In this sequel to the 1980 classic, two children are stranded on a beautiful island in the South Pacific. With no adults to guide them, the two make a simple life together and eventually become tanned teenagers in love.
Watch the tensions rise and tempers fly as aspiring models train to become one of Mick Gleissner's Underwater Models. Go behind the scenes of Mick Gleissner Photography and watch the drama ... See full summary »
In the Victorian period, two children are shipwrecked on a tropical island in the South Pacific. With no adults to guide them, the two make a simple life together, unaware that sexual maturity will eventually intervene.
Faye Hanlon is a community-college professor with an emotionally depressed husband and an abundance of sexual frustration. Her sister drags her to a male strip-club for a girl's night out, ... See full summary »
John G. Avildsen
Lesley Ann Warren,
A young girl leaves for Nepal with her parents and brother. She is unhappy to leave her home at first, but soon isn't when she meets a handome young man. The story unfolds into a romantic and daring quest in search of the "Invisible City."
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Bruce A. Evans
Ric Roman Waugh
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While the general theme of this film resembles "The Blue Lagoon" (the film for which this is a sequel), the basic plot is quite different. We open the film with a ship finding the craft with our original characters in it, Richard and Emmeline dead and Paddy alive. Established in the first film, the only word Paddy ever says is "Richard", so the crew assumes Richard is the infant's name. Taken in by Sarah, a widow with an infant baby girl Lilli, Richard (Paddy) is cared for in a return to civilization. Struck by cholera, the crew of the ship start to die and the captain sets Sarah, Richard, Lilli and a healthy crew member on a lifeboat in an attempt to preserve their lives. With water and food running short, the crew member escorting Sarah and the children becomes dangerous, so Sarah takes the only course of action she feels suitable to preserve the children: she strikes him and throws him overboard. Taking control of the small craft, she eventually guides them back to the island of ... Written by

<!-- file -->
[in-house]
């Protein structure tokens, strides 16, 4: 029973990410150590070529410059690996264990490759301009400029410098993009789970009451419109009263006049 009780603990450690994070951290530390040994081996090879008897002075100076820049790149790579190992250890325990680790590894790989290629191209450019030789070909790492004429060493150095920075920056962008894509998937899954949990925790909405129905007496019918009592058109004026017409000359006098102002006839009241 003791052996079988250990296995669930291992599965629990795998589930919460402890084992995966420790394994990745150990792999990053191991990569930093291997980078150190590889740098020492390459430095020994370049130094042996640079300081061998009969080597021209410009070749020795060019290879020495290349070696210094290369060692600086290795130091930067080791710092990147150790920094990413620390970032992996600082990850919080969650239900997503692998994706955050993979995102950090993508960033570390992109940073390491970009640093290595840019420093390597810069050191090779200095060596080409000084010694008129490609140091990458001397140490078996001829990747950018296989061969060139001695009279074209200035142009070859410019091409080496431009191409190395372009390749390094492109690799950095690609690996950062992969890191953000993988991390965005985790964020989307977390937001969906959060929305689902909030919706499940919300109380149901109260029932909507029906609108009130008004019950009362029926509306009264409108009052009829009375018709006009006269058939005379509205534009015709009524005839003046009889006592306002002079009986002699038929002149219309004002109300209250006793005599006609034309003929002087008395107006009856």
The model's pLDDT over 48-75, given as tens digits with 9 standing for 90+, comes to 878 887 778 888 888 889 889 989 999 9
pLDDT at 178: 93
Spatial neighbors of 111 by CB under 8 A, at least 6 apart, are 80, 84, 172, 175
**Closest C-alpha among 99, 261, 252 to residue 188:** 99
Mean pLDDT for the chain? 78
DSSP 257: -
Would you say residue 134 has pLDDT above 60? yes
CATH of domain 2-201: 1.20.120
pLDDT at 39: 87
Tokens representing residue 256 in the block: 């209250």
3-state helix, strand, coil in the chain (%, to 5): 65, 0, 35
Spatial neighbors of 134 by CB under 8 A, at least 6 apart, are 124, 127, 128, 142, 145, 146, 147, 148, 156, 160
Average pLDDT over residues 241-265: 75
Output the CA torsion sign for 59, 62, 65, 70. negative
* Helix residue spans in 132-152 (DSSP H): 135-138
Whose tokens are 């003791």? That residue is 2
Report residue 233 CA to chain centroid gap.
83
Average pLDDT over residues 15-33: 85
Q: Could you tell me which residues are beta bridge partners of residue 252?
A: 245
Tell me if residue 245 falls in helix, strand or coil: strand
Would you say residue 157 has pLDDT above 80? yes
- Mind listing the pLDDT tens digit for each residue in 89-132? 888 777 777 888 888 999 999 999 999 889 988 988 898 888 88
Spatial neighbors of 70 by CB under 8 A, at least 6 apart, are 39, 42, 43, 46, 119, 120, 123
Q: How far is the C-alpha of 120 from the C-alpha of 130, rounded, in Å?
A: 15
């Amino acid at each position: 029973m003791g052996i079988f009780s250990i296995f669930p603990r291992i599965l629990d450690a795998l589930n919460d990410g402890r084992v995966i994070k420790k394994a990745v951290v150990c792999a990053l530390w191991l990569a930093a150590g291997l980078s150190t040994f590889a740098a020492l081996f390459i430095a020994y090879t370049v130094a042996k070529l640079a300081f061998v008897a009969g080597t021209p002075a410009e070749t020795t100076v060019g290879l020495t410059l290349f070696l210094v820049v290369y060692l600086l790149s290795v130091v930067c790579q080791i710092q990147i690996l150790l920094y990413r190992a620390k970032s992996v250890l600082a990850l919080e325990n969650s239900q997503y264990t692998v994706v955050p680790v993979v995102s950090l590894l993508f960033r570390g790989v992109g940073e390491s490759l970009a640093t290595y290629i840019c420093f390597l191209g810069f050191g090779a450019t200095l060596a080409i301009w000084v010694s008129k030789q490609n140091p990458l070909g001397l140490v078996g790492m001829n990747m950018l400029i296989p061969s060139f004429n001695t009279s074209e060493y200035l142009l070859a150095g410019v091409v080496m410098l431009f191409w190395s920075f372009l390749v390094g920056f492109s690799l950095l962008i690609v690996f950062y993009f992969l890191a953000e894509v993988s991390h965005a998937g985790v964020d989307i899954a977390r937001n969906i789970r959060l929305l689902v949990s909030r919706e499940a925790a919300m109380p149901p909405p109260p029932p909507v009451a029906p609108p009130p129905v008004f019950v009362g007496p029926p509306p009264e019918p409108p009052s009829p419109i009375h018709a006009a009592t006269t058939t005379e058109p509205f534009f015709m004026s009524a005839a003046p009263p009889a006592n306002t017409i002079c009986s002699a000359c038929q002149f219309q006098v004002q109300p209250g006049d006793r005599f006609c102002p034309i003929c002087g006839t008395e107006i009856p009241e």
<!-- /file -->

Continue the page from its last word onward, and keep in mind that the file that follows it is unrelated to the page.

Richard continually beats the shark swimming across the reef. A shark can swim from between 25-45mph whereas most Olympic swimmers can only swim about 5mph. He would stand no chance. See more »
Mother died six years ago.
Capt. Jacob Hilliard:
How do you follow the years?
She taught us. We count the moons, we know that twelve full moon are one year.
We have Christmas and Thanksgiving, and Easter, although we're not exactly sure we celebrate them on the right days.
Capt. Jacob Hilliard:
It's utterly amazing, the two of you all these years in this remote, Godforsaken place.
Not Godforsaken, Captain Hilliard. Not Godforsaken at all.
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Not quite as good as the original, but interesting
This film wasted too much time trying to get our heroes back to the island and the first half of the flick was almost an exact repeat of the same sequence in the first. I really wanted to see the grow up again and not just see how they got lost--which was pretty standard in both films. Of course the two castaways had to "rediscover" their sexuality--this is what this film is about. The movie really changes into high gear when the children are re-introduced to civilization.
It really explored the question--who is more civilized?
Obvious comparisons: Brooke Shields/Milla Jovovich--looks: dead heat, although Milla showed more skin (she may have had more upstairs to show). acting: Brooke seemed to capture the innocence of unexpected woman hood (she was brought up by a male, not a female so she may have had less schooling)
Christopher Atkins/Brian Krouse--looks: Chris hands down, Brian looked like a Pillsbury Dough Boy by comparison; acting: Brian had a slight edge, in that he had to act more "grown up".
Amazingly both original and sequel are worth a watch: The first for the story and acting; the second for Milla and a more interesting ending.
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